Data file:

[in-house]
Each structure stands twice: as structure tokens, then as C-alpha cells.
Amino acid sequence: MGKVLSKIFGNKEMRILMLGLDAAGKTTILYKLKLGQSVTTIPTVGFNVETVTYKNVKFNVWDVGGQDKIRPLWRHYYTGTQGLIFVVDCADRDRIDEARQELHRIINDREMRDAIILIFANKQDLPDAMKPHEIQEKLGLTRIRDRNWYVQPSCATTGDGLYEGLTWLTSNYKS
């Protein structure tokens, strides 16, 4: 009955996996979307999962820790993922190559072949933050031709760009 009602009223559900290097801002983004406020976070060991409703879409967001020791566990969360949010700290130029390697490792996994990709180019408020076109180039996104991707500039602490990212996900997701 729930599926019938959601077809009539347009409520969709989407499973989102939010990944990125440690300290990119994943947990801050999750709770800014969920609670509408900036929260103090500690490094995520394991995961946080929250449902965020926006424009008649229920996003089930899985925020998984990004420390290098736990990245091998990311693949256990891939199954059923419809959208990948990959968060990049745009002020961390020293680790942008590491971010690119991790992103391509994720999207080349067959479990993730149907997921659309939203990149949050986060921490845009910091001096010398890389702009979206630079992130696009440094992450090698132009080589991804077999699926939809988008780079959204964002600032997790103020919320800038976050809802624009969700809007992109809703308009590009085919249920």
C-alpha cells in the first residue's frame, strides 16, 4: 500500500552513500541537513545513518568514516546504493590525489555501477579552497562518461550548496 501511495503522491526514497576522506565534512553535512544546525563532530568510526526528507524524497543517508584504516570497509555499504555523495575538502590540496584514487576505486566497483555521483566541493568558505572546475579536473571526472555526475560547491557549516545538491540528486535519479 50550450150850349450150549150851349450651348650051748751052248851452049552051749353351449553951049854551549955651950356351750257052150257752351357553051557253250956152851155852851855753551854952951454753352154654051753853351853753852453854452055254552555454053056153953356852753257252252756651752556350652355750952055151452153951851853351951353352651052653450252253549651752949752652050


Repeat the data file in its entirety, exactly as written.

[in-house]
Each structure stands twice: as structure tokens, then as C-alpha cells.
Amino acid sequence: MGKVLSKIFGNKEMRILMLGLDAAGKTTILYKLKLGQSVTTIPTVGFNVETVTYKNVKFNVWDVGGQDKIRPLWRHYYTGTQGLIFVVDCADRDRIDEARQELHRIINDREMRDAIILIFANKQDLPDAMKPHEIQEKLGLTRIRDRNWYVQPSCATTGDGLYEGLTWLTSNYKS
């Protein structure tokens, strides 16, 4: 009955996996979307999962820790993922190559072949933050031709760009 009602009223559900290097801002983004406020976070060991409703879409967001020791566990969360949010700290130029390697490792996994990709180019408020076109180039996104991707500039602490990212996900997701 729930599926019938959601077809009539347009409520969709989407499973989102939010990944990125440690300290990119994943947990801050999750709770800014969920609670509408900036929260103090500690490094995520394991995961946080929250449902965020926006424009008649229920996003089930899985925020998984990004420390290098736990990245091998990311693949256990891939199954059923419809959208990948990959968060990049745009002020961390020293680790942008590491971010690119991790992103391509994720999207080349067959479990993730149907997921659309939203990149949050986060921490845009910091001096010398890389702009979206630079992130696009440094992450090698132009080589991804077999699926939809988008780079959204964002600032997790103020919320800038976050809802624009969700809007992109809703308009590009085919249920």
C-alpha cells in the first residue's frame, strides 16, 4: 500500500552513500541537513545513518568514516546504493590525489555501477579552497562518461550548496 501511495503522491526514497576522506565534512553535512544546525563532530568510526526528507524524497543517508584504516570497509555499504555523495575538502590540496584514487576505486566497483555521483566541493568558505572546475579536473571526472555526475560547491557549516545538491540528486535519479 50550450150850349450150549150851349450651348650051748751052248851452049552051749353351449553951049854551549955651950356351750257052150257752351357553051557253250956152851155852851855753551854952951454753352154654051753853351853753852453854452055254552555454053056153953356852753257252252756651752556350652355750952055151452153951851853351951353352651052653450252253549651752949752652050